A team of US researchers has identified two key protein structures in that initial metabolism, in order to unravel how life began on Earth. According to the researchers, these simple structures would be the first metabolic enzymes, which were fundamental for the creation of life.
Researchers have had to study thousands of enzymes to predict how those first proteins were about 3,500-2.5 billion years ago. To do this, they have analyzed the evolution of enzymes from today to the past. They had been searching for those first catalysts for years, but they lacked identifying two structures that seemed fundamental. Now they have proposed them. These are two basic folds to give three-dimensional shape to proteins: a fold of ferredoxin, a protein important for energy collection by cells, which binds iron and sulfur, and a folding of the structure that proteins use to associate them with DNA and RNA. Researchers believe that both folds had a common ancestor that could be the first metabolic enzyme in life.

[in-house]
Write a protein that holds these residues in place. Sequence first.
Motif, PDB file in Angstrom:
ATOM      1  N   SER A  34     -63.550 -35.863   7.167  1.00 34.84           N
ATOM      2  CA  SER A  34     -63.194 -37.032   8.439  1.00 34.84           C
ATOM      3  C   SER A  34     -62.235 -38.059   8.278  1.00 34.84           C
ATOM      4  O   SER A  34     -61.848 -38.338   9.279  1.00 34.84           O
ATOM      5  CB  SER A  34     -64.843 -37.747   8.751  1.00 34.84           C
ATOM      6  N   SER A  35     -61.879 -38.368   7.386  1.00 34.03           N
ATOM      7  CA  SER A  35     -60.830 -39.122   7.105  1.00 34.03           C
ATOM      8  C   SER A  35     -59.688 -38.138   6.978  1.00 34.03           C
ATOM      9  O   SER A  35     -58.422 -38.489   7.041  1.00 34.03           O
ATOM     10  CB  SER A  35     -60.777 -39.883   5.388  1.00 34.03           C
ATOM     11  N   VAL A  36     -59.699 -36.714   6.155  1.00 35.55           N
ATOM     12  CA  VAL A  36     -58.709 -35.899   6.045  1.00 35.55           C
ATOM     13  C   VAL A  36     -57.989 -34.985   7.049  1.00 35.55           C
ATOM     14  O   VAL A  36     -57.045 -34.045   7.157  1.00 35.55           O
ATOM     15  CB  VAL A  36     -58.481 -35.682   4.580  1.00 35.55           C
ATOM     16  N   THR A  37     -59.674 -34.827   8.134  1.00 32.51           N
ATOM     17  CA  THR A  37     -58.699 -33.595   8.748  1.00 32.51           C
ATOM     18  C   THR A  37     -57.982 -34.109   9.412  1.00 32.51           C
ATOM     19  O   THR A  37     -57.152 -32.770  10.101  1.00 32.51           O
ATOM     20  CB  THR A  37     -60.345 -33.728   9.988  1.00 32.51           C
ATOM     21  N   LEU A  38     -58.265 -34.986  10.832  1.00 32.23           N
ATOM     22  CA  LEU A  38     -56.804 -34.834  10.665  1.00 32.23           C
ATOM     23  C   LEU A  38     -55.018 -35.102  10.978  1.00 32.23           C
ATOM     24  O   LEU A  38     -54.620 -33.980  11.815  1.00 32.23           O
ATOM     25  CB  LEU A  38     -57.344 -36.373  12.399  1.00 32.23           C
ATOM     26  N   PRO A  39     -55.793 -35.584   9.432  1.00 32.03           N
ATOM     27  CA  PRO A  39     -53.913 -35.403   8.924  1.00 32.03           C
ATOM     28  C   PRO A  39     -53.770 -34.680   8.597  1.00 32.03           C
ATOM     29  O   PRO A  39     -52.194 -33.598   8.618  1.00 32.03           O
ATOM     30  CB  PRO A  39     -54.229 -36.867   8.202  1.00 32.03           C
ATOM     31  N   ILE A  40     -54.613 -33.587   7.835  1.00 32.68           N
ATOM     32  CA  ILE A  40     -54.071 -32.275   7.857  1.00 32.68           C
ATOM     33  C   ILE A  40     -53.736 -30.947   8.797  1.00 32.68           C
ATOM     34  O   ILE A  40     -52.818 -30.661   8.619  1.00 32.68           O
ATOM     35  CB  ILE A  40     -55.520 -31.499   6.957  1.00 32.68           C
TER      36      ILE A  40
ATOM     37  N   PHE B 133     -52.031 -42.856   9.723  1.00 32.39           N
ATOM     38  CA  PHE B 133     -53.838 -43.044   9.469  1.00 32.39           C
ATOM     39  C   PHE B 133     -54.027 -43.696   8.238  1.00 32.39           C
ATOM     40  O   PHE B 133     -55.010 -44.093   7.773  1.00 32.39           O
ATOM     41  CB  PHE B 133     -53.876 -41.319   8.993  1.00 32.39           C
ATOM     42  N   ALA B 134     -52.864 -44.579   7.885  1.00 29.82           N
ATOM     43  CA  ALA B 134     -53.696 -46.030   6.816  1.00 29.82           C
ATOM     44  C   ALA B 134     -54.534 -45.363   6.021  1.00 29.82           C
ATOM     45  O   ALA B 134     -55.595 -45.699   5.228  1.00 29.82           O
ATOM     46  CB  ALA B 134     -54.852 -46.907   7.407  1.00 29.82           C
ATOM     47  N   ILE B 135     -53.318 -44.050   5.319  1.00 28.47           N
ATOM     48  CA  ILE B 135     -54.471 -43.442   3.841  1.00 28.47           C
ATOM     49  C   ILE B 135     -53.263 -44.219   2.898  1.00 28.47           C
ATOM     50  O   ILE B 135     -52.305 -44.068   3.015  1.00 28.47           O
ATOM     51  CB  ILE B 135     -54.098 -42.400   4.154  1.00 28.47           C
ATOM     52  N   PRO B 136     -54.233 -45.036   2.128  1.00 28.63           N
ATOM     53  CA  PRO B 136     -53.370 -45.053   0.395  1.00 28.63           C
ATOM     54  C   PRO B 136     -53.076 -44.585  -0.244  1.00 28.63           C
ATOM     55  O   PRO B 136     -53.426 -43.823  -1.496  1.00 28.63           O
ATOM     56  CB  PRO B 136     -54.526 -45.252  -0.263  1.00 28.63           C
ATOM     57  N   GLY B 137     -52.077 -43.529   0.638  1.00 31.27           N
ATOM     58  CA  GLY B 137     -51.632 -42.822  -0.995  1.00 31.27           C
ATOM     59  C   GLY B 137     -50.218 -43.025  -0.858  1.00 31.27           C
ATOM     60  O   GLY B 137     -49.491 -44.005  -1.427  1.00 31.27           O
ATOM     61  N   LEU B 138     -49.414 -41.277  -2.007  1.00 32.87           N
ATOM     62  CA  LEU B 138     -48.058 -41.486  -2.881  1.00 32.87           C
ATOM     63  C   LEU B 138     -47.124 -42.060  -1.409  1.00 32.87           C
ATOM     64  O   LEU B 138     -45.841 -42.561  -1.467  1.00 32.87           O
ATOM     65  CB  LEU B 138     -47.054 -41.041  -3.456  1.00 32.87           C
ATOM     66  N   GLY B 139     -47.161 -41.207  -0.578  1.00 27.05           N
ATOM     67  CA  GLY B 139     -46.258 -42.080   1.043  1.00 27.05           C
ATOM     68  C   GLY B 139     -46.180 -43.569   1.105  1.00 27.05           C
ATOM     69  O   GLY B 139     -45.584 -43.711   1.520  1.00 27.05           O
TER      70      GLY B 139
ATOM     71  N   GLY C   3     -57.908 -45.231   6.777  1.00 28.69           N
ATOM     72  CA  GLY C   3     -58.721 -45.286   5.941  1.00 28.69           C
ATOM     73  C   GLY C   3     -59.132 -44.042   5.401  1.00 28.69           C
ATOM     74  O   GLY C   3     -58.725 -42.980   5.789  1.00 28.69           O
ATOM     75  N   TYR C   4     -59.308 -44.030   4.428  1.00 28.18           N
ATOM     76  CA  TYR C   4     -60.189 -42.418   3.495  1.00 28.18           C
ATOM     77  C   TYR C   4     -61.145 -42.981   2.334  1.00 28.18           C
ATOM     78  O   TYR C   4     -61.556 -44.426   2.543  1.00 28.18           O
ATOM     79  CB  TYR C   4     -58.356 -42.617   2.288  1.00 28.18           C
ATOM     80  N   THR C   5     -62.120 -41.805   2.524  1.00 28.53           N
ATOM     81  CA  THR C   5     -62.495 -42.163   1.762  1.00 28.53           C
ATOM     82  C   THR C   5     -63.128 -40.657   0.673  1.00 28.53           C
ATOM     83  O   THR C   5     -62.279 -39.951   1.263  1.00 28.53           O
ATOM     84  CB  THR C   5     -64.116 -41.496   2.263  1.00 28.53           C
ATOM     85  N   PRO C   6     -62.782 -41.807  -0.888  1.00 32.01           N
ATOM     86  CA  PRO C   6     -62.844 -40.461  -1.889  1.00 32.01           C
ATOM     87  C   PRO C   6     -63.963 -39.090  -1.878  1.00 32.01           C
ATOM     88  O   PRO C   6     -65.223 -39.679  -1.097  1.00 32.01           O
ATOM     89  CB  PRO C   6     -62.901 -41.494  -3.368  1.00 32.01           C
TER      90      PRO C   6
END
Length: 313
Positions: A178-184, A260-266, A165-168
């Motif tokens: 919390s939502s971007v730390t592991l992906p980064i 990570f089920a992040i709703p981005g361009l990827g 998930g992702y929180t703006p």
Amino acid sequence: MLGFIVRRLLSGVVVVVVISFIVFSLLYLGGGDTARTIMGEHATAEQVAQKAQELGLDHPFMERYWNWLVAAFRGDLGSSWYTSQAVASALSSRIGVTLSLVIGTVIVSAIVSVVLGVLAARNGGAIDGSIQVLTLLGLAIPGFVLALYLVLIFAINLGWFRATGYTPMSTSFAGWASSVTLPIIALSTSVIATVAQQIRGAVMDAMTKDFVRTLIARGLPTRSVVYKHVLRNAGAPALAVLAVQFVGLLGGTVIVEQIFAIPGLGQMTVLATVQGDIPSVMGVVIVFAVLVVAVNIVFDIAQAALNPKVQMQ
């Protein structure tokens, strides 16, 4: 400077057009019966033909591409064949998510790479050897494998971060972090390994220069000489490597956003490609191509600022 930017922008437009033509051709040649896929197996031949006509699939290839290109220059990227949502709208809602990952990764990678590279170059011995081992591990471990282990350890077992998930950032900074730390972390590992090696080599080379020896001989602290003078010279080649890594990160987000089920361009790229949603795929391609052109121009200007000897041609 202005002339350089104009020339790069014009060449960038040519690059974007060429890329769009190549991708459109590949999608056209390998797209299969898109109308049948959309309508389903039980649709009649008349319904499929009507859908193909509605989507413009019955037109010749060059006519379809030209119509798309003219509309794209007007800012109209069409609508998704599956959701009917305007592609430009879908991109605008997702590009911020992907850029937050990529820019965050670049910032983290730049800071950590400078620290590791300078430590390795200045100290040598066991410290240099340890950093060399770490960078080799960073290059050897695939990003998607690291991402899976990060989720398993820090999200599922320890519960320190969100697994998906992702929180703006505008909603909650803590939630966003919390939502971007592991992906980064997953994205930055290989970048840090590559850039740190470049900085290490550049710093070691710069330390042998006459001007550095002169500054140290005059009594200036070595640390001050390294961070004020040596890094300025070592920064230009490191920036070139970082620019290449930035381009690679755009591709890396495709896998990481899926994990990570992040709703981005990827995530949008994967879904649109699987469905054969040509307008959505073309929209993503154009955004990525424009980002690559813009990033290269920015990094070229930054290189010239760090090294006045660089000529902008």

This is a work led by researchers from Rutgers University within the framework of the NASA ENIGMA project. The ENIGMA forecasts will now be tested in the laboratory: if the models of proteins generated by the researchers are able to provoke fundamental reactions in that initial metabolism, the researchers believe that they will have useful information to predict how life can occur outside the Earth. The study has been published by the journal PNAS.